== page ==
The Lazy Programmer Understands PE Files

Yesterday, I started to look at PE files. That’s essentially .dll, .exe, etc on Windows operating system. There were a couple of goals to my little excursion. One was to exercise the recently minted serialization codes. I figure if the code is good enough to deal with a PE file, it’s probably sufficient to tackle a few other tasks as well, like parsing various types of media files.

Another goal I had was to see how much could be expressed declaratively (writing a description), and how much has to be expressed imperatively (writing code). Thus far, the descriptive part of the serialization process has been fairly sufficient for things like internet protocol stuffing. Those protocols are fairly simple. They mostly consist of tightly packed bit fields and other base types, with the occasional varying length field. PE files are a whole different ballgame.

The challenge has to do with the complexity of what they represent. The .exe on disk represents the starting point of all the bits that your app will need to execute. The loader pulls stuff in, and doesn’t just memory map it into virtual memory. There are very specific alignments on page boundaries, fixups for various addresses, thunks to new addresses. It is typical to find virtual addresses in the file, which are not pointers to positions in the file, but rather represent where something will be in memory, once the loader loads everything up properly.

Again, the nightmare here is in reading the various specs. One spec will show all the data formats, but not really talk much about how it all ties together, or will talk about it in a way that assumes you already know what they’re talking about (probably written by the original developers). Another source will talk about how things are put together, but will be circa 2001, or some such, so it won’t cover the modern stuff, like .net sections.

At any rate, I was able to get it all together, and now I can read in a PE file, seeing all the sections, directories, pointers to code, and all that. Of course, this isn’t anything spectacular because you can already do all this with myriad tools all over the place, but, this was an exercise to see how hard it would be.

Now that it’s in hand, there are actually some useful things that can be done. This is Lua after all, where things are much simpler than in any other environment 😉

So, how hard is it to get a look at all the symbols that are being imported by a particular executable?

local pefile = CreatePEBrowser(filename)
for name, entry in pairs(pefile.Directories.Imports) do

The same is true of exports. Similarly, the list of sections within the image:

for name, section in pairs(pefile.Sections) do
    print(string.format("\tVirtual Size: 0x%08X", section:get_VirtualSize()))
    print(string.format("\tVirtual Address: 0x%08X", section:get_VirtualAddress()))
    print(string.format("\tSize of Raw Data: 0x%08X", section:get_SizeOfRawData()))
    print(string.format("\tPointer to Raw Data: 0x%08X", section:get_PointerToRawData()))
    print(string.format("\tCharacteristics: 0x%08X", section:get_Characteristics()))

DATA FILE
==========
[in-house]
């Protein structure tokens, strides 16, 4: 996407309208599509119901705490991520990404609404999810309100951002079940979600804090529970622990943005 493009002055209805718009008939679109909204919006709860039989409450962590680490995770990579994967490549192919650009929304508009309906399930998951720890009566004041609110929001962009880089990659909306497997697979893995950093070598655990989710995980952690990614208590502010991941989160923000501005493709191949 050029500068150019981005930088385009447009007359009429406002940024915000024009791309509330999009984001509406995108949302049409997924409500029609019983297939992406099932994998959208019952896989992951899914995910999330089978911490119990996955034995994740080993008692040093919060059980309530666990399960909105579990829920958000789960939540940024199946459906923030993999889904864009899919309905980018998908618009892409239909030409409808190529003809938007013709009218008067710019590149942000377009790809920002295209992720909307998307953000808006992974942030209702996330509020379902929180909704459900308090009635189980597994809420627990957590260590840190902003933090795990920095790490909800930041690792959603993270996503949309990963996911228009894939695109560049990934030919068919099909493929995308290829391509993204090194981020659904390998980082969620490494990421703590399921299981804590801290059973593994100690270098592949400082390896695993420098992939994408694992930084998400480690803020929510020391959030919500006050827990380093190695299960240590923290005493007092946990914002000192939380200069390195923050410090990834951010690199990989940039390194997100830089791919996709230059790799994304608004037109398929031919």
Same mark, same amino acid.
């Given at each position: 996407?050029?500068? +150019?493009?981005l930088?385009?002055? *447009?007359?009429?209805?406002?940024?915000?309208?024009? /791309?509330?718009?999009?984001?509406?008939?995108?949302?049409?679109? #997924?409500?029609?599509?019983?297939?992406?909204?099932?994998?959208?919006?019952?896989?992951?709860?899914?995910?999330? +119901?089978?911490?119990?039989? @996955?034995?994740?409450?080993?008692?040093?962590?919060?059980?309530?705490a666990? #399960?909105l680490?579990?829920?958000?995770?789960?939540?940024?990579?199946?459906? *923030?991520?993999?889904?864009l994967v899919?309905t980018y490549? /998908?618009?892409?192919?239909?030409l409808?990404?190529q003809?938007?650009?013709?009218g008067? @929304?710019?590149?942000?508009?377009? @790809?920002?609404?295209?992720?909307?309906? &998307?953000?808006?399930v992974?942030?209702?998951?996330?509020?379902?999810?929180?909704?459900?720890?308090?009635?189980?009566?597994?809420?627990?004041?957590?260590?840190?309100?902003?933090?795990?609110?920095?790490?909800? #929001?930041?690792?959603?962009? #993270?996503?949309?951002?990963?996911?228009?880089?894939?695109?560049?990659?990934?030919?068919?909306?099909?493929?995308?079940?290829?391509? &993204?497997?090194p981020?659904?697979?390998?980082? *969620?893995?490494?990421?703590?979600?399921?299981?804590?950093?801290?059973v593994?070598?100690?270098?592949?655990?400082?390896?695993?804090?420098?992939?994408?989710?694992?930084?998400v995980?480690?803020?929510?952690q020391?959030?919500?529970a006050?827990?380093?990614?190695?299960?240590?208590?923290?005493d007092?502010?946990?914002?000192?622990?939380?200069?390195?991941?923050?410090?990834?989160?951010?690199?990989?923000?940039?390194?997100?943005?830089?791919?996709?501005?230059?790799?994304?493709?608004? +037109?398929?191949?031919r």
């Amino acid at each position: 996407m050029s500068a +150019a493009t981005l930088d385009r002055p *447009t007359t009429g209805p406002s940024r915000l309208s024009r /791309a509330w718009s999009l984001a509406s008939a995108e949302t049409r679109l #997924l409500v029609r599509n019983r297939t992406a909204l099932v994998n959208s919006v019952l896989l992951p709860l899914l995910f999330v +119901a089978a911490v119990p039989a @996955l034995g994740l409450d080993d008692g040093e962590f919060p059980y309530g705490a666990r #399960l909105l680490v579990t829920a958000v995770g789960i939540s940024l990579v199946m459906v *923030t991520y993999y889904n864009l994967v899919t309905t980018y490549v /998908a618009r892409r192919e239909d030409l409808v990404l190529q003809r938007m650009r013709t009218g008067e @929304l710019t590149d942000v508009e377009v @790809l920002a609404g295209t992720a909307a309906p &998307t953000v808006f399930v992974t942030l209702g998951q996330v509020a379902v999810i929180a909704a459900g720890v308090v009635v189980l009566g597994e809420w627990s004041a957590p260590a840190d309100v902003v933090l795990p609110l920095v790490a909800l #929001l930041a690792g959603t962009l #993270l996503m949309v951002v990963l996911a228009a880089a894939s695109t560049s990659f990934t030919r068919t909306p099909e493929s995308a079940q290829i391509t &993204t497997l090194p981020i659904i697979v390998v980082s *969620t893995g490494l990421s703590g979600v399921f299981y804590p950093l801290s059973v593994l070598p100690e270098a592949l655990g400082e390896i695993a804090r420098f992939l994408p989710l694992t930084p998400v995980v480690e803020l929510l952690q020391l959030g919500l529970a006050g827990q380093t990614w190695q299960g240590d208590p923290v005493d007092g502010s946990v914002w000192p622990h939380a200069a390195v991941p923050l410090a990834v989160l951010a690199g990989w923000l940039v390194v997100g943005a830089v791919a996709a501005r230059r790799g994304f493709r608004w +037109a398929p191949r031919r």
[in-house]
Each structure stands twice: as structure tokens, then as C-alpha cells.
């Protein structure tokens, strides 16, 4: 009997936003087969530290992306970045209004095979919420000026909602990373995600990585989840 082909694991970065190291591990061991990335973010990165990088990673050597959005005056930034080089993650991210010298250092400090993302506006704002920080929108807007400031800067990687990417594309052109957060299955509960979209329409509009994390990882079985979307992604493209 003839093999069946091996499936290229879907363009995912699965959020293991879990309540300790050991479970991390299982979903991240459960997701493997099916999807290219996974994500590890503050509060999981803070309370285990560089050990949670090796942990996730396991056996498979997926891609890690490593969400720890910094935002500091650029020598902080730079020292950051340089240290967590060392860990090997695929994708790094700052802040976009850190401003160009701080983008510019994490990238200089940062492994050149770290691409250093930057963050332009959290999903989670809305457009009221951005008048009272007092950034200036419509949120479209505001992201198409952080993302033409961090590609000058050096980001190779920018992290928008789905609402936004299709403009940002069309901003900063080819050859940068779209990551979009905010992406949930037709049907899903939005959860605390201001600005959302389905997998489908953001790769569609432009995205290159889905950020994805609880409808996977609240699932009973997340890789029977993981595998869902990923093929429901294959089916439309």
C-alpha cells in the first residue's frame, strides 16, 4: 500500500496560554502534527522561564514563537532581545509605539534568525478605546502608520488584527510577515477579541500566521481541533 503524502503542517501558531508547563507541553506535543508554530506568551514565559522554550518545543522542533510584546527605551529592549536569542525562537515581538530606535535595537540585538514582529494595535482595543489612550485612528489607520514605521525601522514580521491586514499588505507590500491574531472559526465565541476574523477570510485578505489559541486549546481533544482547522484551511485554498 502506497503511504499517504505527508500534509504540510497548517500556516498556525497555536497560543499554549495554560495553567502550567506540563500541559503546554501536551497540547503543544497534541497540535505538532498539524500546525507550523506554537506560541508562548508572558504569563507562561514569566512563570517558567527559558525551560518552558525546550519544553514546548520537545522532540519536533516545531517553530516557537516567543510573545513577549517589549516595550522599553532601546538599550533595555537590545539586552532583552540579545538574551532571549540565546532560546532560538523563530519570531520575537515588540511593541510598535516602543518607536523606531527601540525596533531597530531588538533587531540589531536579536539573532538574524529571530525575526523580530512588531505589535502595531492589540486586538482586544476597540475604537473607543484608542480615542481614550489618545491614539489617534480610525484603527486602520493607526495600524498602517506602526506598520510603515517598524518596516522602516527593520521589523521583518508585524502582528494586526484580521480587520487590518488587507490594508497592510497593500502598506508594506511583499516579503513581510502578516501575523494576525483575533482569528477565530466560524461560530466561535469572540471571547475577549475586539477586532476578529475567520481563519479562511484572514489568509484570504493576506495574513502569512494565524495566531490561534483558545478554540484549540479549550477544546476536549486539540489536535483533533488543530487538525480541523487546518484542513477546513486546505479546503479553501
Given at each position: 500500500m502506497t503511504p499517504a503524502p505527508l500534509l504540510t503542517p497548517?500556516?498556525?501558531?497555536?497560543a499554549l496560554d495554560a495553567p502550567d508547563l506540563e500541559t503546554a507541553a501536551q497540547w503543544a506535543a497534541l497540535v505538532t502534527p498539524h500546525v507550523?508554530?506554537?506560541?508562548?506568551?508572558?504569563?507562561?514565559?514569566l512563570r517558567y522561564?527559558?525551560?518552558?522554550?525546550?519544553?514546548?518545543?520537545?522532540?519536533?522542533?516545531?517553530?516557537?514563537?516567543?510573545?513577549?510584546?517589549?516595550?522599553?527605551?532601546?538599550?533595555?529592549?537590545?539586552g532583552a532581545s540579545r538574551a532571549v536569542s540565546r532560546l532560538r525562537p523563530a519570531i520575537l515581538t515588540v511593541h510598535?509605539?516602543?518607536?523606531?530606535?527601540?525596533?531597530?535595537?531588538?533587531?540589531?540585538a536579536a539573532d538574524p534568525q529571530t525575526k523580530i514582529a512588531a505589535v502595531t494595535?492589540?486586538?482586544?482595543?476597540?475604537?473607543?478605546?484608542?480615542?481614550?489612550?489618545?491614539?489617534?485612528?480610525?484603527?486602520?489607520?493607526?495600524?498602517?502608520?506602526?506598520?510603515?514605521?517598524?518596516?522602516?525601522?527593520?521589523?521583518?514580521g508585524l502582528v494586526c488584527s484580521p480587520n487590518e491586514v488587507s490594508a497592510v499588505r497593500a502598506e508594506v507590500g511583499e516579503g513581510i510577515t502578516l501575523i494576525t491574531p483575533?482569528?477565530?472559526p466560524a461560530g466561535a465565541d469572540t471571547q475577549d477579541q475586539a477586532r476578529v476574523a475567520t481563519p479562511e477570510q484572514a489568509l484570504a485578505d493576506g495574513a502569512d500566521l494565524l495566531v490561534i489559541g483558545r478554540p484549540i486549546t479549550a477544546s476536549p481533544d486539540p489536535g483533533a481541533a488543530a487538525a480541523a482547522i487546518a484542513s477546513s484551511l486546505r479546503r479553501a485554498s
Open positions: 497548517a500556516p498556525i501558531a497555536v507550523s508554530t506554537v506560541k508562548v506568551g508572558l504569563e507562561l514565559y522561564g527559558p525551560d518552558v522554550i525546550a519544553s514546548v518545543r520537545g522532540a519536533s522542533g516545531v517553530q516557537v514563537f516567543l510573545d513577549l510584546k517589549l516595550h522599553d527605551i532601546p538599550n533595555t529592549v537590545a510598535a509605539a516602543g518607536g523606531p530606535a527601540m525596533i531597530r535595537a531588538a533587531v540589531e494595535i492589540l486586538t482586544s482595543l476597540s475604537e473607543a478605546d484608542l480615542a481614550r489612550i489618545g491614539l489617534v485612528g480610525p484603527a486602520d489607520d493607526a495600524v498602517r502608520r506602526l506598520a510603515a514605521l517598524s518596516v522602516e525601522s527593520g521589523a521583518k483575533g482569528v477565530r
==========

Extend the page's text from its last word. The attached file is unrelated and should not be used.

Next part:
Basically, just view the entirety of the PE file as if it were a nicely behaved hierarchical Lua table. Of course, some behaviors can be added as well, like adding a section, or removing a section, or just changing a bit here and there.

There are plenty of Windows APIs to help you look at Image files. But, they only work on Windows, so on Linux you’re out of luck. Why would you want to look at PE files on Linux? Who knows, but with a tool like this it’s relatively easy. Also, having a tool like this makes it easier to reason about and understand what’s going on within an executable, or .dll, or .lib, or .fon, or .whatever. Without such a tool, it seems like so much black magic to me, and it just doesn’t have to be that way.

One other thing I discovered was an appreciation for how hard it is to keep programs safe these days. These PE files are full of little nooks and crannies within which a bit of nasty code could hide, and make itself known later. I can fully appreciate how hard it is to both discover, and prevent viruses from occuring on a machine. It’s darned near impossible in fact. With all the thunking and rebasing that goes into making something run, it’s no wonder our machines slowly come to a crawl over a long period of usage.

And, oddly enough, this brings me back to the topic of the Existential Program. I wonder if a program could be packaged up in such a way that it knows its own boundary. It’s active and alive. It has an identity, and knows how to manage changes to itself. How could that be done?

Perhaps the program, when it is conceived, chooses an encryption algorithm and key which are perhaps unique to each instance of the program. But then, at launch time, the program is reponsible for launching itself, not allowing the system loader to do the work. All it’s handed is a chunk of memory, and the rest is up to the program.

There is a chicken and egg problem here of course. How can the first bit of bootstrap even start unless the system is involved in starting it? Hmmmm

At any rate, I think it is a problem for our age. My programs need identity if for no other reason than to protect themselves from unsavory alteration.

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